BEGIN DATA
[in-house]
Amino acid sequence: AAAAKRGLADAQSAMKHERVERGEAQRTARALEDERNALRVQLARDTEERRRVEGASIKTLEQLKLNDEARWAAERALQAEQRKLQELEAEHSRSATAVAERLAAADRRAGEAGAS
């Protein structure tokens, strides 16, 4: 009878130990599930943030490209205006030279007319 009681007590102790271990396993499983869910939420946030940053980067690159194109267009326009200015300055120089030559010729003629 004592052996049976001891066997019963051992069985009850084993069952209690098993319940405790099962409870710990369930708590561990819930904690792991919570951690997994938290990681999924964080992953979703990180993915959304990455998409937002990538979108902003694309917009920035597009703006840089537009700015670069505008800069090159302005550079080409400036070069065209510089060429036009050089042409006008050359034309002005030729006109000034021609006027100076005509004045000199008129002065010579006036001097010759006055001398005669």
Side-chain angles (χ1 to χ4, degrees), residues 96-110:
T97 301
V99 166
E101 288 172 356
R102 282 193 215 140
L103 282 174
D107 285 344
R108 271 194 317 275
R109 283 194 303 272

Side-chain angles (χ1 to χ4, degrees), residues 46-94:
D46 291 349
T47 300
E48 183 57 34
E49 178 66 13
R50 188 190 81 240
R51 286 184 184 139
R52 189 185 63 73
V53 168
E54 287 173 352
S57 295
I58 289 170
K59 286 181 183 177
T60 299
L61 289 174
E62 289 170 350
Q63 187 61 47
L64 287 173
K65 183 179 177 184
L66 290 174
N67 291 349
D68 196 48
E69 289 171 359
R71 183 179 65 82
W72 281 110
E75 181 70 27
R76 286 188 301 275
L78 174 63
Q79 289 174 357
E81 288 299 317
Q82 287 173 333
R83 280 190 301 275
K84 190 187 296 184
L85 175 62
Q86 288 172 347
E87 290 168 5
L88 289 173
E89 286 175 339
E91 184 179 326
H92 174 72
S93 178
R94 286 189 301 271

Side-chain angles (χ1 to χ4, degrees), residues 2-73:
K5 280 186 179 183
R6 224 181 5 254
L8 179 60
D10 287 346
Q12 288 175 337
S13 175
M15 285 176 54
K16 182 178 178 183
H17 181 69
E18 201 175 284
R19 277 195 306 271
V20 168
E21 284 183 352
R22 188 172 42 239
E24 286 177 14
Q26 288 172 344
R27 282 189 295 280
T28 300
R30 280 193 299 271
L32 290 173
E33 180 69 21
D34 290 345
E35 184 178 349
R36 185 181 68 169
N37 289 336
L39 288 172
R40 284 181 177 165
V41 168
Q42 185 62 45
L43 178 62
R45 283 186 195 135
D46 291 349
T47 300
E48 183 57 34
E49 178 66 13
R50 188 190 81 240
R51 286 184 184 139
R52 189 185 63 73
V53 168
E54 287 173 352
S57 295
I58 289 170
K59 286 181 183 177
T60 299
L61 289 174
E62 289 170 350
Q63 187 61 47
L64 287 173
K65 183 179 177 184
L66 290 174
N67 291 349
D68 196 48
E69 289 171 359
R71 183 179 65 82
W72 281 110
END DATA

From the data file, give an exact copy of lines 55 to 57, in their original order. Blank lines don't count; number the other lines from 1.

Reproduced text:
Side-chain angles (χ1 to χ4, degrees), residues 2-73:
K5 280 186 179 183
R6 224 181 5 254